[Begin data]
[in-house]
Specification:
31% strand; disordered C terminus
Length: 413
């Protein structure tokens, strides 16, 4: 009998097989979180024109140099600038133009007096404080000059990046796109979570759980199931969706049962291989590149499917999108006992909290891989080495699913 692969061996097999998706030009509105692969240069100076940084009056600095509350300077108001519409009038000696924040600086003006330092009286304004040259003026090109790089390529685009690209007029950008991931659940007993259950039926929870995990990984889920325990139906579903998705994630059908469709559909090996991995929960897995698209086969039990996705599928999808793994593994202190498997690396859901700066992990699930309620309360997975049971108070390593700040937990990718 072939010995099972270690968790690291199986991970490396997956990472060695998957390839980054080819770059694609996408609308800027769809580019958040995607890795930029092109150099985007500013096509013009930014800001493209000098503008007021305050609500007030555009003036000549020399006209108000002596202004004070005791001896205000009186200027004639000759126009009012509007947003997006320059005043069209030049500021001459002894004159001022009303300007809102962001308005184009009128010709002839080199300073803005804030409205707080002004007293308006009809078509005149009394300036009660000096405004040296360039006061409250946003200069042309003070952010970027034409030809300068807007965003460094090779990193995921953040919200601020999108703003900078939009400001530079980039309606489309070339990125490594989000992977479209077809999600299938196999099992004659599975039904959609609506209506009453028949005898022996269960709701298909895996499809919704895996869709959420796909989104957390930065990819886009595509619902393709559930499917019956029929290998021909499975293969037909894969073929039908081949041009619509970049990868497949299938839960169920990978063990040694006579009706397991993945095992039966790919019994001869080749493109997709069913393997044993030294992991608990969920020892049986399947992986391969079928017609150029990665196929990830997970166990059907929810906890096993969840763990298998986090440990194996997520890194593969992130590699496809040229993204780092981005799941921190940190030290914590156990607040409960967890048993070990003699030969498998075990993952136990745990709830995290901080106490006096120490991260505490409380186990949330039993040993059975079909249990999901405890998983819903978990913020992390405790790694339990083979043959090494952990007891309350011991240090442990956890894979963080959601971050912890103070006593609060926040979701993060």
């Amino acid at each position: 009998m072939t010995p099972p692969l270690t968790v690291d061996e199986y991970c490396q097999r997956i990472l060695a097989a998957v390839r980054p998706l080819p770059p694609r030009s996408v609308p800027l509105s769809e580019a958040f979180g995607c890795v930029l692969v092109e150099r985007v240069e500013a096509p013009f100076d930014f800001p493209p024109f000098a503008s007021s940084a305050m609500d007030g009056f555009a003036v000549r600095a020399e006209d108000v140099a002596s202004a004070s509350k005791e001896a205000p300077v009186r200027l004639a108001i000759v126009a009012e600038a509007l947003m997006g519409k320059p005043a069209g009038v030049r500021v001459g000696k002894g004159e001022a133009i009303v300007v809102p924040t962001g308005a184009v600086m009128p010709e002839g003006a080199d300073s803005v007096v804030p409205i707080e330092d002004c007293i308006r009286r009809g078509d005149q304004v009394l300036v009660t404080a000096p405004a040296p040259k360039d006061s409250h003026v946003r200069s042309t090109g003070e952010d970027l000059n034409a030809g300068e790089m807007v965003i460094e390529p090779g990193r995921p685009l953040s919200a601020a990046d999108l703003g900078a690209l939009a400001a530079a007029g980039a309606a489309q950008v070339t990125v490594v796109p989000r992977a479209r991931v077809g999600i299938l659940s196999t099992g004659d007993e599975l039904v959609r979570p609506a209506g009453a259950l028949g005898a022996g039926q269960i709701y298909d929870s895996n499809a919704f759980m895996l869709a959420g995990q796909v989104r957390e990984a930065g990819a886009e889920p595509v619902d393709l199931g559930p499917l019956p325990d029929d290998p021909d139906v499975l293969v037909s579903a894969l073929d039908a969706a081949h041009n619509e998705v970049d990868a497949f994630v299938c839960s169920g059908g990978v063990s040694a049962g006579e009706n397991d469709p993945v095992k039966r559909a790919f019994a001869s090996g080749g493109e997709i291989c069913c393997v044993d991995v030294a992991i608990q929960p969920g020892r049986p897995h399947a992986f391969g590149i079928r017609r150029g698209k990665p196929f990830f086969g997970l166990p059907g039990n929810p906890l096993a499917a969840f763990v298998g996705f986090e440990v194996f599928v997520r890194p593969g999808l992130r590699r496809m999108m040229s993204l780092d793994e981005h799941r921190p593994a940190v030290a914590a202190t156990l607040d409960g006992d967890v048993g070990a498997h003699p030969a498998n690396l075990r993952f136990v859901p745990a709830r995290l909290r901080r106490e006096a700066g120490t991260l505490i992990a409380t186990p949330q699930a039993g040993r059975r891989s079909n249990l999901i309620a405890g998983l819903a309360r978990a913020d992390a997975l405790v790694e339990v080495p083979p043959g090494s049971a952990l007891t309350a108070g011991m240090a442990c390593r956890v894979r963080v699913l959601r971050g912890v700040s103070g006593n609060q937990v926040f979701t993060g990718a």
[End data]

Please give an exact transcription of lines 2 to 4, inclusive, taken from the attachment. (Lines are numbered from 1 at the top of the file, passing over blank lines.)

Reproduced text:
Specification:
31% strand; disordered C terminus
Length: 413